Senior Two Year Olds

anaad-lingle-gold-freaky-girl

anaads-leachland-atwood-megabyte

anaads-musthaven-goldwyn-jaelyn-p

Winner: LINGLE GOLD FREAKY GIRL
Expo Winner: LINGLE GOLD FREAKY GIRL
Top Points from US Shows: LINGLE GOLD FREAKY GIRL
Top Points from CDN Shows: MUSTHAVEN GOLDWYN JAELYN P
Royal Winner: MUSTHAVEN GOLDWYN JAELYN P

Animal US TOTALS CDN Total Total Point Earning Shows Average
LINGLE GOLD FREAKY GIRL 26 0 26 3 8.7
LEACHLAND ATWOOD MEGABYTE 8 16 24 4 6.0
MUSTHAVEN GOLDWYN JAELYN P 0 21 21 2 10.5
SANTSCHI AFTERSHOCK HOLIDAY 4 14 18 3 6.0
JACOBS REGINALD KATE 7 11 18 3 6.0
HILLPINE B ANYA 10 6 16 3 5.3
KINGSWAY AIRLIFT GOSLING 6 7 13 2 6.5
MS ABSOLUTE BLISS 9 4 13 3 4.3
JACOBS WINDBROOK AIMO 0 12 12 2 6.0
T-TRIPLE-T PETUNIA 12 0 12 2 6.0

World Dairy Expo Champion, LINGLE GOLD FREAKY GIRL used her impressive performance in the US to shows, takes the All-North American title.  LEACHLAND ATWOOD MEGABYTE, who showed in both spring and fall, takes home 2nd place over Royal winner MUSTHAVEN GOLDWYN JAELYN P, who showed only in the fall.

Junior Three Year Olds

anaad-jr32

anaads-walkerbrae-doorman-locket

anaads-loyalyn-duplex-vanessa

Winner: JACOBS GOLD LIANN
Top Points from US Shows: CRAIGCREST RUBIES RACHELLE
Expo Winner:     COMESTAR LAMADONA DOORMAN
Top Points from CDN Shows: JACOBS GOLD LIANN
Royal Winner: JACOBS GOLD LIANN

Animal US TOTALS CDN Total Total Point Earning Shows Average
JACOBS GOLD LIANN 7 21 28 3 9.3
WALKERBRAE DOORMAN LOCKET 8 13 21 3 7.0
LOYALYN DUPLEX VANESSA 6 13 19 3 6.3
CRAIGCREST RUBIES RACHELLE 17 0 17 2 8.5
JEANLU STANLEYCUP ALEXIS 2 14 16 3 5.3
RIVER DALE BRADY JINX 0 16 16 3 5.3
COMESTAR LAMADONA DOORMAN 14 1 15 2 7.5
CRASDALE DESTRY JENNIFER 0 14 14 2 7.0
MOSNANG SALOON LIQUOR 0 14 14 2 7.0
COMESTAR HODREE GOLDWYN 7 6 13 2 6.5

There is no question that JACOBS GOLD LIANN lived up to the title we gave her in our Expo show preview of being the best animal not at World Dairy Expo.  She proved it by adding victories at The Royal and Le Supreme Latier to her win at the Big E.  Coming in 2nd and 3rd on strong performances at multiple shows are WALKERBRAE DOORMAN LOCKET and LOYALYN DUPLEX VANESSA respectively.  They are followed by World Dairy Expo winner, COMESTAR LAMADONA DOORMAN, who even if eligible for Rule #3, would not have taken the victory, as she only had a 6th place at the Quebec Spring Show to go with her Expo win.

Senior Three Year Olds

anaad-beaverbrock-goldwyn-zoey

anaad-jacobs-jordan-carmel

anaads-winterbay-dude-guinness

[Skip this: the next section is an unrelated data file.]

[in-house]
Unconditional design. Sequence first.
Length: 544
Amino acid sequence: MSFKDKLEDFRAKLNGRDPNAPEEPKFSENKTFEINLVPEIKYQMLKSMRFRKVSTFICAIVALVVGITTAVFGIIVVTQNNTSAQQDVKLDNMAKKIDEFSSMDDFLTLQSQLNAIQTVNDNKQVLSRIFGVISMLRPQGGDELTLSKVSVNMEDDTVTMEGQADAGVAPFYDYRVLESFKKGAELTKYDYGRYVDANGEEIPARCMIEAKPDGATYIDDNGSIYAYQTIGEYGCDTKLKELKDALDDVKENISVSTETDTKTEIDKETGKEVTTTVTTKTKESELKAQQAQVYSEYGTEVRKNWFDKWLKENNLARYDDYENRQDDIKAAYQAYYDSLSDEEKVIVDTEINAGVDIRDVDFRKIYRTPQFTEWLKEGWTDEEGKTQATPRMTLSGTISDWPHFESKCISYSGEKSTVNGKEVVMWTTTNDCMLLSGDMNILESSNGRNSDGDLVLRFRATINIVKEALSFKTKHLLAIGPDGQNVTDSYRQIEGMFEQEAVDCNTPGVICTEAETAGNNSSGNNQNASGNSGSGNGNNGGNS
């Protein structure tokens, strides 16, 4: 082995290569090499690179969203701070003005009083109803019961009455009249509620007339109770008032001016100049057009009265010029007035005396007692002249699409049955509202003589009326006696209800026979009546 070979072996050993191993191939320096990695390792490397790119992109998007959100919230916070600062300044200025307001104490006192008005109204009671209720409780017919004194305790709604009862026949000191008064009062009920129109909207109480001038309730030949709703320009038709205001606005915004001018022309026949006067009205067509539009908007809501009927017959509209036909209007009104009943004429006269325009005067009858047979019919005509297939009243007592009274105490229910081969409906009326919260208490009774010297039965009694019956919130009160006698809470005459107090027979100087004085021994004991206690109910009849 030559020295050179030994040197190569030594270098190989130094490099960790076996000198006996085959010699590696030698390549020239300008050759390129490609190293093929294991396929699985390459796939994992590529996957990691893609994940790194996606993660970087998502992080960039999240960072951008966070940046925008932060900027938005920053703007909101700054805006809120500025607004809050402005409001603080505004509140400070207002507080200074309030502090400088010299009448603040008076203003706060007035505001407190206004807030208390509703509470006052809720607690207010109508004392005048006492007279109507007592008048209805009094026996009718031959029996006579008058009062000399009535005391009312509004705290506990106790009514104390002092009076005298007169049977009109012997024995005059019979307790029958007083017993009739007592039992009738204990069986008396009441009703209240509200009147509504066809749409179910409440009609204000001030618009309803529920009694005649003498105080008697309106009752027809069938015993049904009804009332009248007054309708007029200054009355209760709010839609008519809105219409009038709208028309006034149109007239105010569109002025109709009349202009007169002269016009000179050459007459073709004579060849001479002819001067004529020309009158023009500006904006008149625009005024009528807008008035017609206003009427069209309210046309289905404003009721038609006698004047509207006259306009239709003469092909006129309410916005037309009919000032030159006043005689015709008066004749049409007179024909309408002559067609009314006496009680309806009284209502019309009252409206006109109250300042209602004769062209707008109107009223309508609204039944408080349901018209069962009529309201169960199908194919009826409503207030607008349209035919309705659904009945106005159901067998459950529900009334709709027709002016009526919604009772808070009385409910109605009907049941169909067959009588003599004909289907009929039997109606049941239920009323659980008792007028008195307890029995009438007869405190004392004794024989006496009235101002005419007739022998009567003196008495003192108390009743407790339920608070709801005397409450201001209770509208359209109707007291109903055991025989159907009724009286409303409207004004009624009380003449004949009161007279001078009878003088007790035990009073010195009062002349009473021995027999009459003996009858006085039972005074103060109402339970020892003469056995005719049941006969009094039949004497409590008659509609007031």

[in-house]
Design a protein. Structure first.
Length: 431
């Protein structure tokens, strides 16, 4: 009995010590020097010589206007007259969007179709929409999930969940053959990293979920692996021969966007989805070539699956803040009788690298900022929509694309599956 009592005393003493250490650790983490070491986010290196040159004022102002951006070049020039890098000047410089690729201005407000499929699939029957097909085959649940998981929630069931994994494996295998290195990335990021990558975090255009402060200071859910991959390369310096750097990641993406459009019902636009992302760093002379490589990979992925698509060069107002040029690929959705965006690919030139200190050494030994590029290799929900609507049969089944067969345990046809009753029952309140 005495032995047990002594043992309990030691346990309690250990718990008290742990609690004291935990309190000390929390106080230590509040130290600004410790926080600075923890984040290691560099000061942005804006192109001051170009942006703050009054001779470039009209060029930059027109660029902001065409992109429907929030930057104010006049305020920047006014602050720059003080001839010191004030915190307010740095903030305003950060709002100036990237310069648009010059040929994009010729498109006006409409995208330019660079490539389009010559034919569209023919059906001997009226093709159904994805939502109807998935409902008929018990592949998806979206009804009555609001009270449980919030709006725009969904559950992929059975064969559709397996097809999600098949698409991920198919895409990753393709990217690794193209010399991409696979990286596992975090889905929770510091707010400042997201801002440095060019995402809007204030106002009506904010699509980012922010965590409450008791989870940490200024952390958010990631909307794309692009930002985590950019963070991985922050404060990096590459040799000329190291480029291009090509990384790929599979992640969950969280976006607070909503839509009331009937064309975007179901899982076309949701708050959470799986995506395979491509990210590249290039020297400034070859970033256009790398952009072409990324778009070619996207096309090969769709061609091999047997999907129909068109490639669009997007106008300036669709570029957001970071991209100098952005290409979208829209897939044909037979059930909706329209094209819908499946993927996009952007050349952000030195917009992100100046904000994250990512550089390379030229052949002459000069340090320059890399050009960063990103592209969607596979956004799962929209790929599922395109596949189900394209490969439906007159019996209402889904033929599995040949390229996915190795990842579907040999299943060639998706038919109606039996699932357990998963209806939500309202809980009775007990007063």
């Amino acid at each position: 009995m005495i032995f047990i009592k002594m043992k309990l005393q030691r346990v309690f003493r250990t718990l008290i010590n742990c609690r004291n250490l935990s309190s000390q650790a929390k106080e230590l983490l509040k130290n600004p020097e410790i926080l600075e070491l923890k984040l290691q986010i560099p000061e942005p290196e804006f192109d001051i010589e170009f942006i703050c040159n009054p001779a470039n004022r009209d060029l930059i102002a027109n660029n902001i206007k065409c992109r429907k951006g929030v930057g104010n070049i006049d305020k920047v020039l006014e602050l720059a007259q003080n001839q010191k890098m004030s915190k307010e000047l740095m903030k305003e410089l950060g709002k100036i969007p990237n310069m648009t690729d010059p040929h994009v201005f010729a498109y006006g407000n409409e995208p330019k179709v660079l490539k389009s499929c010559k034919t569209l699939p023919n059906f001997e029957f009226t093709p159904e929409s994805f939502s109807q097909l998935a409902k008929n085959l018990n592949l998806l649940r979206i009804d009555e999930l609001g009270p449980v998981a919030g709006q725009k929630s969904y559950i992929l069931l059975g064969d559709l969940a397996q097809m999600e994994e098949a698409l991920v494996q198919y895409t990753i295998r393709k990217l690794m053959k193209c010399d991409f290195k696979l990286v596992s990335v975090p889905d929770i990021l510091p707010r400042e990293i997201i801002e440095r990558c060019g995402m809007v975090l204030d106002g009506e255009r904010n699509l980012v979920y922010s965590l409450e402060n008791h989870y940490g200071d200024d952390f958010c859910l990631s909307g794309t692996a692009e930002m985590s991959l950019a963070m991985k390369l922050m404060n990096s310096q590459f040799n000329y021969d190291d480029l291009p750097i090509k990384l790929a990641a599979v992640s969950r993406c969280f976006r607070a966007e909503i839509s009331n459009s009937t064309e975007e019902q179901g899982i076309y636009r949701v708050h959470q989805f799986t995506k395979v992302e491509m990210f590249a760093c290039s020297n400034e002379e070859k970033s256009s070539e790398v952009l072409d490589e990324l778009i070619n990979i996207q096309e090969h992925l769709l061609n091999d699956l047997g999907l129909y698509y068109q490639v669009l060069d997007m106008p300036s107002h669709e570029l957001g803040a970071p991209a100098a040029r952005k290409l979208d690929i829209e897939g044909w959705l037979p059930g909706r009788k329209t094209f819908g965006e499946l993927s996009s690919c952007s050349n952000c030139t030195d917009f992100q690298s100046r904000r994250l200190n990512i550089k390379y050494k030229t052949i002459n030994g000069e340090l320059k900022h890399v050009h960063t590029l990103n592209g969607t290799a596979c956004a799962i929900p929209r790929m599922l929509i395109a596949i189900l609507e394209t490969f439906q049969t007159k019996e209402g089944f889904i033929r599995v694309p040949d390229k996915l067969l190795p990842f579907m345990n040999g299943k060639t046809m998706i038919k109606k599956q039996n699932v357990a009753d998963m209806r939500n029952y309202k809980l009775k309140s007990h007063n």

Winner (Tie): JACOBS JORDAN CARMEL & BEAVERBROCK GOLDWYN ZOEY
Top Points from US Shows: WINTERBAY DUDE GUINNESS
Expo Winner: WINTERBAY DUDE GUINNESS
Top Points from CDN Shows: VERTDOR LAUTHORITY MATRIX
Royal Winner: BEAVERBROCK GOLDWYN ZOEY

Animal US TOTALS CDN Total Total Point Earning Shows Average
BEAVERBROCK GOLDWYN ZOEY 13 14 27 3 9.0
JACOBS JORDAN CARMEL 10 17 27 3 9.0
WINTERBAY DUDE GUINNESS 21 0 21 2 10.5
VERTDOR LAUTHORITY MATRIX 0 19 19 3 6.3
KARNVILLA FEVER STELLAR 0 17 17 3 5.7
WALNUTLAWN MCCUTCHEN SUMMER 11 5 16 3 5.3
AROLENE GOLDWYN DIVINE 13 0 13 2 6.5
EASTSIDE LEWISDALE PERCISION 0 13 13 2 6.5
WENDON GOLDWYN ALLABUZZ 2 11 13 3 4.3
SILVER MAPLE GOLDCHIP RAELYN 12 0 12 2 6.0

In all our tie-break methods, Royal winner, BEAVERBROCK GOLDWYN ZOEY & JACOBS JORDAN CARMEL still end up tied with each other.  They both split the heads up battle and they both had the same average result from each show they attended.  For that reason, we have decided to name them co-winners over Expo winner WINTERBAY DUDE GUINNESS, who went undefeated this year, but similarly to QUALITY SOLOMON LUST (Winter Heifer) and GLENNHOLME DOORMAN REGGAE (Spring Heifer Calf), they only went to two shows and did not earn enough points.

Four Year Olds

anaad-tk-plain-view-ripley

anaads-bosdale-gold-lustre

anaads-jacobs-fever-cael

Winner: TK-PLAIN VIEW RIPLEY
Top Points from US Shows: TK-PLAIN VIEW RIPLEY
Expo Winner: WENDON DEMPSEY PRUDE
Top Points from CDN Shows: BOSDALE GOLD LUSTER
Royal Winner: BOSDALE GOLD LUSTER

Animal US TOTALS CDN Total Total Point Earning Shows Average
TK-PLAIN VIEW RIPLEY 31 0 31 4 7.8
BOSDALE GOLD LUSTER 0 28 28 3 9.3
JACOBS FEVER CAEL 7 17 24 3 8.0
WENDON DEMPSEY PRUDE 14 7 21 2 10.5
KEYLAS SID ROXANNA 5 16 21 4 5.3
WINDY-KNOLL-VIEW PANTENE 15 0 15 2 7.5
ELMCROFT ATTIC RETA 0 15 15 3 5.0
MILKSOURCE GOLDWYN JENAY 0 13 13 2 6.5
QUIET COVE-W W FRIENCHKIS 12 0 12 2 6.0